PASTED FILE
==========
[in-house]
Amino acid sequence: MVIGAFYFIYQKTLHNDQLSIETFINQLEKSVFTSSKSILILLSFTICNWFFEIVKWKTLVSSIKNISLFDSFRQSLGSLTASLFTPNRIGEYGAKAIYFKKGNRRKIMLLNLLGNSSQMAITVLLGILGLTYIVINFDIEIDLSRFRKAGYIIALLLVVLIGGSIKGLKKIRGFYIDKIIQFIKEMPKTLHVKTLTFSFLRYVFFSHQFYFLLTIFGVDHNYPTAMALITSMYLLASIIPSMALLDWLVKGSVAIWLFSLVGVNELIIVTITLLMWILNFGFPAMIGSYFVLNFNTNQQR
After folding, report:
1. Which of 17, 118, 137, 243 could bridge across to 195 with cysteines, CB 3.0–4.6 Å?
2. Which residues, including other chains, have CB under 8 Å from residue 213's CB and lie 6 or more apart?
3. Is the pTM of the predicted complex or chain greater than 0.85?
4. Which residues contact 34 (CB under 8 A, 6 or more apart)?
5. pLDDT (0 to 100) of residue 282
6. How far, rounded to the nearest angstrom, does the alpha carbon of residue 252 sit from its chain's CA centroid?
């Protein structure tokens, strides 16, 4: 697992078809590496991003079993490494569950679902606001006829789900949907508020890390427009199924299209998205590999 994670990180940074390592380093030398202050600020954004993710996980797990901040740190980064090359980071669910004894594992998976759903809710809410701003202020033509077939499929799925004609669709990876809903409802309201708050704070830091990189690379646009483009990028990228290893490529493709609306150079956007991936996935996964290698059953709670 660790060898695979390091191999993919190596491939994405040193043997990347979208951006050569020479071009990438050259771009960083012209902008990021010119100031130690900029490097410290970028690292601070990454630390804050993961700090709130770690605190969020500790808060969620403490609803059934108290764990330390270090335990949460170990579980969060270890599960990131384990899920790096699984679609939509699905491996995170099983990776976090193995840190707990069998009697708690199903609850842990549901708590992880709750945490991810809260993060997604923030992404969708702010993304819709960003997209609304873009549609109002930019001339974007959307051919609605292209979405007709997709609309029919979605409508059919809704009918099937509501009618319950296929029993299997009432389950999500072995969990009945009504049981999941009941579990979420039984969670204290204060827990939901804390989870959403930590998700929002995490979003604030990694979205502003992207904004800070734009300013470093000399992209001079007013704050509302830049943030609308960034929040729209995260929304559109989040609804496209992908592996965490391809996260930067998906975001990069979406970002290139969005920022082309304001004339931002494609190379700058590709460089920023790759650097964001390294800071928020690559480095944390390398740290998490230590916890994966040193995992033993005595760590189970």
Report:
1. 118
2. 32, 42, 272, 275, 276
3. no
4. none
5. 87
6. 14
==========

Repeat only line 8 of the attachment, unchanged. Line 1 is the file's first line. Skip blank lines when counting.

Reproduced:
5. pLDDT (0 to 100) of residue 282